If you have been accused of a criminal offense, you may not be sure who to trust to help you. Hiring an experienced criminal defense lawyer is clearly in your best interest; however, you may not be sure to what extent you should confide in your lawyer. If you are guilty of the crime, should you admit that to your lawyer? Maybe you are not guilty, but you know who did commit the crime. Should you tell your lawyer that information? If this is your first brush with the criminal justice system it can be particularly confusing trying to decide what you should, and should not, tell your attorney. To help clear things up, a Nebraska criminal defense lawyer explains the confidential nature of the attorney-client relationship.
Understanding the Job of a Criminal Defense Lawyer
Before delving into the specific nature of the attorney-client relationship, it helps to clarify what a criminal defense attorney’s job is, and what it is not. In any criminal prosecution, the State has the burden of proving a defendant guilty beyond a reasonable doubt. Every defendant is presumed innocent until the State meets that burden. Consequently, the job of a criminal defense attorney is not to prove a client innocent. In fact, an accused is not required to prove anything in the United States. The job of a criminal defense lawyer is to protect a defendant’s rights and to ensure that a client is not convicted unless the State has met its burden.
Don’t Ask – Don’t Tell
Most criminal defense attorneys will not come right out and ask a client if they committed the crime in question. One reason for this is that if an attorney knows a client is guilty, the attorney cannot allow the client to take the stand and testify that he/she is innocent because it amounts to suborning perjury. If, however, your defense attorney does ask you a question, it is likely because the answer is essential to your defense. For that reason alone, it is in your best interest to answer your attorney’s questions honestly. If you are uncomfortable with a question, tell your attorney that and explain why you don’t want to answer. A better understanding of the confidential nature of the attorney-client relationship, however, might put you more at ease when it comes to answering questions your attorney asks you.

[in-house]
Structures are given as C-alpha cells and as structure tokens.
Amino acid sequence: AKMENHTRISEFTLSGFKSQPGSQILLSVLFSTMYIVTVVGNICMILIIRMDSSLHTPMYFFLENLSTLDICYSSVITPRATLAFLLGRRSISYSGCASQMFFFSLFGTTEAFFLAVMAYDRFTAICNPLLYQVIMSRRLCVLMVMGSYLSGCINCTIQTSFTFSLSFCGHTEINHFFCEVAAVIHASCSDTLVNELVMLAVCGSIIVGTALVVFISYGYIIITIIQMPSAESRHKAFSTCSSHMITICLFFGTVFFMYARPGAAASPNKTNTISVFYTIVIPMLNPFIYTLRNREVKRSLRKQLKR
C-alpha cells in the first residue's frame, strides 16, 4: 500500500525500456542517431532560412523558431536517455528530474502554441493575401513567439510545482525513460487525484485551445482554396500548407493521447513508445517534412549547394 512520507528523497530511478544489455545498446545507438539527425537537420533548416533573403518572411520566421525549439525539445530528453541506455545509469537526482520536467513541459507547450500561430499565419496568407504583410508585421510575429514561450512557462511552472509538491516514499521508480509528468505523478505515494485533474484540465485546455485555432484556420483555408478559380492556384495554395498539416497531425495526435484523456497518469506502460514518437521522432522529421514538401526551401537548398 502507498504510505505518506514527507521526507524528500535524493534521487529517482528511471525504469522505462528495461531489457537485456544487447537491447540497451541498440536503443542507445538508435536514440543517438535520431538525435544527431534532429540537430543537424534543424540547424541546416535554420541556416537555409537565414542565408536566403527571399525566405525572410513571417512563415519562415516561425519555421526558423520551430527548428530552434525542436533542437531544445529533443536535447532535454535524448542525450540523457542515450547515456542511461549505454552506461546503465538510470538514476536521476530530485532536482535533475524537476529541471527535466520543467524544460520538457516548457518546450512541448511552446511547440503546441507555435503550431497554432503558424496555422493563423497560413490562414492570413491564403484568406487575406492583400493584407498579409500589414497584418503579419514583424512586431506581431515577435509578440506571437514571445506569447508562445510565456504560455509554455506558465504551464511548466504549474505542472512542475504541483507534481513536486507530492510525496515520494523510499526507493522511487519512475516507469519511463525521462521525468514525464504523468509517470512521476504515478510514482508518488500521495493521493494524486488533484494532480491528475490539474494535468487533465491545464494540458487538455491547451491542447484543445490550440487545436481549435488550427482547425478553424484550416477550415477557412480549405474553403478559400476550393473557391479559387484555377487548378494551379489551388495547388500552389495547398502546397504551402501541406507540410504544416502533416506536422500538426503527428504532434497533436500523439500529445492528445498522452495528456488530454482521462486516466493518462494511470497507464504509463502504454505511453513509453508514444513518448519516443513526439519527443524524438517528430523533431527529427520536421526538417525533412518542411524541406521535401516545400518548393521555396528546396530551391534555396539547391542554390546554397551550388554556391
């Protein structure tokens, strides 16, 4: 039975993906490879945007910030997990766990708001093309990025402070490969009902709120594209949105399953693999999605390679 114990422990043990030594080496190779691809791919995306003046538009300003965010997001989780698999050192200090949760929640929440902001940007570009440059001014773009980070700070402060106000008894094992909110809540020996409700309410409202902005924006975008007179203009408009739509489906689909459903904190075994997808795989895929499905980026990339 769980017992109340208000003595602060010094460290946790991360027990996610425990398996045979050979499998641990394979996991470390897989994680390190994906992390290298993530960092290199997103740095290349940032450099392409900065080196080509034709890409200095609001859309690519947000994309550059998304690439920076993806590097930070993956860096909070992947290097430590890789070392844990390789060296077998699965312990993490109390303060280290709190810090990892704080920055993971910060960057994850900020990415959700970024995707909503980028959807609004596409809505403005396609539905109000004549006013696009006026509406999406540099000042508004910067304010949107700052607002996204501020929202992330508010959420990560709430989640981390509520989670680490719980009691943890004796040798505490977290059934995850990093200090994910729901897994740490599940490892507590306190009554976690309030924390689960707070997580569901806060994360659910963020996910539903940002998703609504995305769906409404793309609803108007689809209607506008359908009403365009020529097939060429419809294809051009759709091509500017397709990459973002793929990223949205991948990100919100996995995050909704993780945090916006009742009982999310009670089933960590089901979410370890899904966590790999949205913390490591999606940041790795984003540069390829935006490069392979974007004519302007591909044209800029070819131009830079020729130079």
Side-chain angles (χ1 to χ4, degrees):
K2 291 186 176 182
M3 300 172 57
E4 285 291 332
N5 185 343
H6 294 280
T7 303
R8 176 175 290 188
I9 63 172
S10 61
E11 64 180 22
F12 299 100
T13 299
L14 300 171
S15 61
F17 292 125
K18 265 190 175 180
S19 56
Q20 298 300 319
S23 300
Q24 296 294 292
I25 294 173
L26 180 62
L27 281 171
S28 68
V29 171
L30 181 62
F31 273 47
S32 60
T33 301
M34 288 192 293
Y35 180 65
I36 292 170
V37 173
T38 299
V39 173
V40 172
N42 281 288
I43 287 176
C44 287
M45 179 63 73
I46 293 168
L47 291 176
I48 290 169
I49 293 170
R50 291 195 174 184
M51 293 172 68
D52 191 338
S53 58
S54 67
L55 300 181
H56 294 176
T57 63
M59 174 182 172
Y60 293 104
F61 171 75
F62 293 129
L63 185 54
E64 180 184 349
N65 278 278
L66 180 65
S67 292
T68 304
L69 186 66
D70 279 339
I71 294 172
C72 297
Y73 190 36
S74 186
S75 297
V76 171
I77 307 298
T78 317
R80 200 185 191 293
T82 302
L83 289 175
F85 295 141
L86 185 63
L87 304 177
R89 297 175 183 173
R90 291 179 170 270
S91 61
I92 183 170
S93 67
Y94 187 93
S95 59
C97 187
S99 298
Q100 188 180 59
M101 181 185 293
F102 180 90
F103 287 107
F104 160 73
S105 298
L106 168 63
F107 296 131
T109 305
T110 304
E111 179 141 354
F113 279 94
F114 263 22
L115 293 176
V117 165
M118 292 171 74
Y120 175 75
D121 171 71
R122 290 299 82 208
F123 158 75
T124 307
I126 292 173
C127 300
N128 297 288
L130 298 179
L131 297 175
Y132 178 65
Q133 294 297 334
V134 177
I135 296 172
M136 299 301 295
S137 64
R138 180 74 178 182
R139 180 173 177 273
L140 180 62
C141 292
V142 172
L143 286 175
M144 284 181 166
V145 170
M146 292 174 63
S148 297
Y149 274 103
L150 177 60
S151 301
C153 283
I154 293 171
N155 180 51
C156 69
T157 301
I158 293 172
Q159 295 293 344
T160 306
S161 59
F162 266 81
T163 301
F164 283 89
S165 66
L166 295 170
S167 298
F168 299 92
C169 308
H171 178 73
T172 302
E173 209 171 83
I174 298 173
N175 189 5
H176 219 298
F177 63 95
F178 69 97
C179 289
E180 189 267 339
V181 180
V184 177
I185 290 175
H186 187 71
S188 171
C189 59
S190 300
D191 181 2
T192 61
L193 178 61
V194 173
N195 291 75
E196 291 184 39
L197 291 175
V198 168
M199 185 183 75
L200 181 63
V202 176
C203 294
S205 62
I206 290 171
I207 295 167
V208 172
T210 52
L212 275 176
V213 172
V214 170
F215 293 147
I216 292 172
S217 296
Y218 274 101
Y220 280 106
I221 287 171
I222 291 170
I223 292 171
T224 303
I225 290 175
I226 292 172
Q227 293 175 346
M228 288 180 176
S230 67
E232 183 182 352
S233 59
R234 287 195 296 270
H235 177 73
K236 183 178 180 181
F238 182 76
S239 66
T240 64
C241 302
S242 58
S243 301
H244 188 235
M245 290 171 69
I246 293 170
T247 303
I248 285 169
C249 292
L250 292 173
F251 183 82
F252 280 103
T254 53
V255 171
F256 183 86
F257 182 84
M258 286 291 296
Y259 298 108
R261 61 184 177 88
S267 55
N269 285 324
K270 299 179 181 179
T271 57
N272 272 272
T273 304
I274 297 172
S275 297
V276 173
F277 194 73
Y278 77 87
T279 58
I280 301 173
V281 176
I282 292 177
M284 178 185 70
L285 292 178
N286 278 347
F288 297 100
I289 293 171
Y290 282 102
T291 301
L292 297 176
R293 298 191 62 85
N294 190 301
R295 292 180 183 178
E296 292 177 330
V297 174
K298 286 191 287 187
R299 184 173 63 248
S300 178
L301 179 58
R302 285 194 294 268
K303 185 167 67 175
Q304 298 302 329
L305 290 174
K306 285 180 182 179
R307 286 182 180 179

The Nebraska Rules of Professional Conduct
All licensed attorneys are bound by the Nebraska Rules of Professional Conduct. Rule 1.6 of the Rules governs the issue of confidentiality, stating as follows:
(a) A lawyer shall not reveal information relating to the representation of a client unless the client gives informed consent, the disclosure is impliedly authorized in order to carry out the representation or the disclosure is permitted by paragraph (b).
(b) A lawyer may reveal information relating to the representation of a client to the extent the lawyer reasonably believes necessary:
(1) to prevent the client from committing a crime or to prevent reasonably certain death or substantial bodily harm;
(2) to secure legal advice about the lawyer’s compliance with these Rules;
(3) to establish a claim or defense on behalf of the lawyer in a controversy between the lawyer and the client, to establish a defense to a criminal charge or civil claim against the lawyer based upon conduct in which the client was involved or to respond to allegations in any proceeding concerning the lawyer’s representation of the client; or
(4) to comply with other law or a court order.
(c) The relationship between a member of the Nebraska State Bar Association Committee on the Nebraska Lawyers Assistance Program or an employee of the Nebraska Lawyers Assistance Program and a lawyer who seeks or receives assistance through that committee or that program shall be the same as that of lawyer and client for the purposes of the application of Rule 1.6.
As you can see, your criminal defense lawyer can only divulge confidential information learned from a client under very narrow circumstances. The confidential nature of the attorney-client relationship is taken very seriously by all attorneys which should put your mind at ease the next time you consult with your lawyer.
Contact a Criminal Defense Lawyer at Petersen Law Office
If you have been charged with a criminal offense in the State of Nebraska, it is in your best interest to consult with an experienced Nebraska criminal defense lawyer right away to discuss possible defenses. In Nebraska contact Petersen Criminal Defense Law 24 hours a day at 402-509-8070 to discuss your case.